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Circus Xtreme's families share their lives' ups and downs

Benny Ibarra, 29, an aerialist of Ringling Bros

Benny Ibarra, 29, an aerialist of Ringling Bros Circus, poses with his daughter Chelsea, 8, during an all-day promotional event at Vanderbilt Hall in Grand Central Terminal in New York on Feb. 24, 2015. Credit: Yeong-Ung Yang

Daredevil Benny Ibarra won't perform in Circus Xtreme at Nassau Coliseum this week without getting a blessing before each show from his daughter Chelsea, 8. She will make the sign of the cross on his head and chest to protect him. So will his younger daughter, Valeria, 5.

"I can't go to work without them doing it," says Ibarra, 29, who performs high above the arena in the Pendulum of Steel. "I work a very hard, dangerous act. You're risking your life every day. In this act specifically, you don't have a safety device or net underneath you."

Kids who have tickets for the Ringling Bros. and Barnum & Bailey show may hold their breath in awe watching a stranger do flips and somersaults in the air on the inside and outside of a whirling wheel. But for Chelsea and Valeria Ibarra, it's Daddy way up there.

The same goes for Sasha Dolgikh, 9, whose parents, Dima Dolgikh, 41, and Nadia Tarasova, 35, are both in the Iron Jaw act during the All-Access Pre-Show that's free to ticket holders the hour before the circus begins. "Part of the act is my mom hangs from my dad's teeth," Sasha says. "When I see them, sometimes I think, 'He's never going to do it,' but he actually does."

Tarasova also performs in "The Orb," an aerial acrobatic act during the circus show. Other performers -- including Taba Maluenda, the Big Cat Trainer -- are also parents of school-age children.

The show also includes acts such as dancing elephants, clowns, a human cannonball, and trampoline and high-wire numbers.

HOME IS A TRAIN CAR

Growing up with a mom or dad who is a circus performer has its literal ups and downs. The upside: "The dream of most children is to go to the circus. For kids whose families are in the circus, it's a dream come true. They live in the circus," says Ibarra, himself a fourth-generation circus performer originally from Mexico City.

During a tour, the kids' days are in some ways similar to any child's, Sasha says. Take his morning routine: "I brush my teeth, take off my pajamas," he begins. But he's getting ready for the day in the train car that is his family's traveling quarters. School is a classroom set up on whatever grounds the show is at that particular week.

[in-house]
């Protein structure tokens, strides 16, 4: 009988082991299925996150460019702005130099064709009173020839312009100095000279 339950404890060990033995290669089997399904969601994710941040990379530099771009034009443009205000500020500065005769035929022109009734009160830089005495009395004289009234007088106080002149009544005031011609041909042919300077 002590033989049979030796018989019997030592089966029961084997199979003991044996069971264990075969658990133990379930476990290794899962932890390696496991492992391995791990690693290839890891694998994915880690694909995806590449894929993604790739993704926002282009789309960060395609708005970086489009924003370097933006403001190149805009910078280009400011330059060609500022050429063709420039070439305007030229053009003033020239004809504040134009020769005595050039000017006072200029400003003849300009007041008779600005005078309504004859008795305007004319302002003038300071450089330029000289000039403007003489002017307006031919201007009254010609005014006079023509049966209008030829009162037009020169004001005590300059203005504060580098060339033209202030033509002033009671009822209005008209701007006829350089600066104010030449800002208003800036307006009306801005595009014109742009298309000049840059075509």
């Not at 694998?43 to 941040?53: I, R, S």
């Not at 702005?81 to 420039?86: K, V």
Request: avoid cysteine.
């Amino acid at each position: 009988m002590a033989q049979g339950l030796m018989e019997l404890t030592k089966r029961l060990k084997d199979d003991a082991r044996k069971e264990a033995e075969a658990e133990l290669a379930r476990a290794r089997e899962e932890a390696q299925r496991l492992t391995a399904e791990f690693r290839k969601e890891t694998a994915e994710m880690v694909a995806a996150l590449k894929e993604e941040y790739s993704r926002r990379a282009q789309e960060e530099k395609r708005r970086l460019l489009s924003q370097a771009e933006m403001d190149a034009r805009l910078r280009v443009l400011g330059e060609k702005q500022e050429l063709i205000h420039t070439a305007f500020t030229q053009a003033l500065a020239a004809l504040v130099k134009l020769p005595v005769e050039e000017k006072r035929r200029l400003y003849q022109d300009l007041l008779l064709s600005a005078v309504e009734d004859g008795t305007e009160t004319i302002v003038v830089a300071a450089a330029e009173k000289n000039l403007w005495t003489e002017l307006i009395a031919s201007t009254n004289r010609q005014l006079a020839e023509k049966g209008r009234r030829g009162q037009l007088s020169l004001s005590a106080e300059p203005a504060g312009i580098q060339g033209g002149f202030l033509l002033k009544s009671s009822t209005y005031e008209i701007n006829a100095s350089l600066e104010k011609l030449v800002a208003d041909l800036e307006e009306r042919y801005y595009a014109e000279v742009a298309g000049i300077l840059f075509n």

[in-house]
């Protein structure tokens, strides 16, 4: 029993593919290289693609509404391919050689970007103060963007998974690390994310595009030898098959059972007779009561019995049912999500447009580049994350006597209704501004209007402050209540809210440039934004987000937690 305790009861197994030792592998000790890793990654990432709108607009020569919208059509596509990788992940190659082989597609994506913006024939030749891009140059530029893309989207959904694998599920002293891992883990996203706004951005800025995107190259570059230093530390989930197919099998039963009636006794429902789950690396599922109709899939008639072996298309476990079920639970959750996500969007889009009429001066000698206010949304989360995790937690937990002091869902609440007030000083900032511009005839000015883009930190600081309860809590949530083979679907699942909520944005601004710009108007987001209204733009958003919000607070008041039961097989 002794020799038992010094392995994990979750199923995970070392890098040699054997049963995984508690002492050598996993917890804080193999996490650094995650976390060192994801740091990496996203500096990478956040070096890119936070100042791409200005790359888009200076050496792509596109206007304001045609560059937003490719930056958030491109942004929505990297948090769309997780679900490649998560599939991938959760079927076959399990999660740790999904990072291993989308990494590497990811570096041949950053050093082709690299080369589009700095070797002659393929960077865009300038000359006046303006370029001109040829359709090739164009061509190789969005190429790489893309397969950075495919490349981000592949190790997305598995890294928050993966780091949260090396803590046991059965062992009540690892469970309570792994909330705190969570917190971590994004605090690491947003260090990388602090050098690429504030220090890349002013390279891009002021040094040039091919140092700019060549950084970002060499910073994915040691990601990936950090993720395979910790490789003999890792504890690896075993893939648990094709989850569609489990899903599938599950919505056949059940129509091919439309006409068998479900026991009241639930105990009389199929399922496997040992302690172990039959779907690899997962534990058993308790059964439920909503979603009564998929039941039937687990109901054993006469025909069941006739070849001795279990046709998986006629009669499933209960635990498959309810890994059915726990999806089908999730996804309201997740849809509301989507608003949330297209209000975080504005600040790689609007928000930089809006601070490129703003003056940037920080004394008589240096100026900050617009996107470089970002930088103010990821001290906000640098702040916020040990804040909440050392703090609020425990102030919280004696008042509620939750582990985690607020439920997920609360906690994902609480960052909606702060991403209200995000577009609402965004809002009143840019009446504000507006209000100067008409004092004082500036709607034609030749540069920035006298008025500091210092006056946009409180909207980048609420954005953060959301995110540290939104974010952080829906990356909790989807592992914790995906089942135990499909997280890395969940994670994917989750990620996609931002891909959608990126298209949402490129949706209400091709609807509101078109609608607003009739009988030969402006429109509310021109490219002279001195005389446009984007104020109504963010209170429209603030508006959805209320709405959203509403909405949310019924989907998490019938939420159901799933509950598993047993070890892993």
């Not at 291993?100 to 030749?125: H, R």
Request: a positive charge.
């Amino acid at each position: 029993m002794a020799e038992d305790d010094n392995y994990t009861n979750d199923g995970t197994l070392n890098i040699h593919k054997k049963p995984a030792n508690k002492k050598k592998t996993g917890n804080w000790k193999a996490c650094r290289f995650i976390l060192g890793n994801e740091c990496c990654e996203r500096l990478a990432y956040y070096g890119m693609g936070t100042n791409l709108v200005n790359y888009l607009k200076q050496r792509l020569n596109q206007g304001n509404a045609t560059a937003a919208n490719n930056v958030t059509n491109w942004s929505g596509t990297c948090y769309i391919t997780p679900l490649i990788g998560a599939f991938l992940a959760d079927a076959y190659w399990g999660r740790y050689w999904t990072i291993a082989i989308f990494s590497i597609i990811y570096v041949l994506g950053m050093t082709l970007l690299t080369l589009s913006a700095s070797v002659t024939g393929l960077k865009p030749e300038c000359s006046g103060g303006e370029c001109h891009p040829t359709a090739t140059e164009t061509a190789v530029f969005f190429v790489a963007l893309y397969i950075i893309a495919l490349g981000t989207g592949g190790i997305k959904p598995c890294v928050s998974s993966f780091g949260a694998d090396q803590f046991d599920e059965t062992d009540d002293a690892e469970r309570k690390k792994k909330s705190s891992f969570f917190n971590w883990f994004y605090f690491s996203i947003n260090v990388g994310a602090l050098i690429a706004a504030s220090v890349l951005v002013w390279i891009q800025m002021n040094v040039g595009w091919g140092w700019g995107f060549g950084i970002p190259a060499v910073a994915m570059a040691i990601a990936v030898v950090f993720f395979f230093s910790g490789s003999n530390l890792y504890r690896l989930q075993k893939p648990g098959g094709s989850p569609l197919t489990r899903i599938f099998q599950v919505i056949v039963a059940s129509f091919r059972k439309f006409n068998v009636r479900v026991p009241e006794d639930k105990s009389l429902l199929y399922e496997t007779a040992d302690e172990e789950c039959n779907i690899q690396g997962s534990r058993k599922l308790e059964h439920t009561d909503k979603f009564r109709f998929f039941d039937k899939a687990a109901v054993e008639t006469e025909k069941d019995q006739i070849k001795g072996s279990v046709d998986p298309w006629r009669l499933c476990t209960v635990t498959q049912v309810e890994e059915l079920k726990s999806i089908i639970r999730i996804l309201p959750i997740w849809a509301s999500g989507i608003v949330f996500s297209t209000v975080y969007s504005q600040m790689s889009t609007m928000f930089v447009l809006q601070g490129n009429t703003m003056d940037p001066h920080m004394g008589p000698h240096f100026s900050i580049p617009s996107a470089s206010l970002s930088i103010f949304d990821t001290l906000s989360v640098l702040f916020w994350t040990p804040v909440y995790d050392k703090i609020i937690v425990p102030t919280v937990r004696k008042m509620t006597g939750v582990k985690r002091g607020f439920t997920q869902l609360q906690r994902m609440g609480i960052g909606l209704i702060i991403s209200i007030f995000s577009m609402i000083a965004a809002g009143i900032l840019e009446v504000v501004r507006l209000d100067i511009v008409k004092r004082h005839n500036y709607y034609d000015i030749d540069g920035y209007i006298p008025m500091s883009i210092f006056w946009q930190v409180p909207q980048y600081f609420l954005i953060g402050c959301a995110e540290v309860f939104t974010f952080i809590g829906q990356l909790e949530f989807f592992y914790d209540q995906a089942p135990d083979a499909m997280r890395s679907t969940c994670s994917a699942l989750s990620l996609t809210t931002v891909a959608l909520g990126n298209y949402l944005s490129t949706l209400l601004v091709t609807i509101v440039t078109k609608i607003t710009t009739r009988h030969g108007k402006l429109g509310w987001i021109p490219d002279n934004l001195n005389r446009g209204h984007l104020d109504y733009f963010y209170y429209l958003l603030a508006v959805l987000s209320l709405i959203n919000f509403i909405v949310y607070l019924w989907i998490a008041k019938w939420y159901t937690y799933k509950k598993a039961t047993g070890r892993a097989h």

Two teachers travel with the show. Some kids may envy the daily school schedule: These 11 kids in kindergarten through eighth grade only go for four hours a day, either 1 to 5 p.m. or 5 to 9 p.m. Their school days start late because their parents are usually performing at night, so the family doesn't get to bed until midnight on show dates, says teacher Cindy Trent, 53, who used to teach in public schools in Florida before joining the circus staff.

The downside: The circus staff is usually off on Mondays and Tuesdays. That means the kids go to school on weekends. They also have school year-round -- no summer vacations during the circus' two-year tour commitment, Trent says.

MIXED EMOTIONS

Ibarra says he knows what it's like for his children -- he also has a son, Benny Jr., age 1 -- to grow up in the circus environment. Ibarra's great-grandfather was a strongman in the days when performers would lift enormous barbells. His grandfather was a flying-trapeze artist. His father thought that was too safe -- the trapeze artists have a net under them -- and wanted something more scary, Ibarra says. So he embraced the Pendulum of Steel act.

Ibarra has gotten hurt -- years ago, with a different circus. "A miscalculation of speed," he says. He fell during a show and the wheel hit his head, splitting his skull "like a coconut" and requiring "a lot of stitches."

So he knows how the kids may sometimes have mixed emotions. "It's a strange feeling, because you know it's your dad," Ibarra says. "You want to see him do it, but you don't, too."

BIG TOPPERS

When Circus Xtreme comes to Nassau Coliseum this week, circus-goers will see six double-humped camels with six women who do acrobatic tricks on the backs of the animals. This is a new act for Ringling Bros. and Barnum & Bailey.

Ringling traveled the world trying to find the most extreme acts possible for this performance, hence the name. Other acts include BMX bicycle riders, street dancers, and gymnasts who perform on slacklines.

Old favorites include Taba Maluenda, the Big Cat Trainer, who kisses his tigers; Ringling's Asian elephants; Clown Alley; a human cannonball who rockets more than 100 feet across the arena; the Danguir troupe high-wire act, and more. Ringmaster David Shipman is master of ceremonies for all the action.

A free preshow one hour before the performance lets ticket holders get up close and personal with some of the performers, including clowns and acrobats. With intermission, the show itself runs about 21/2 hours.

WHAT Circus Xtreme

WHEN | WHERE Wednesday through Sunday at Nassau Coliseum, Uniondale

INFO $15-$150; 800-745-3000; ringling.com

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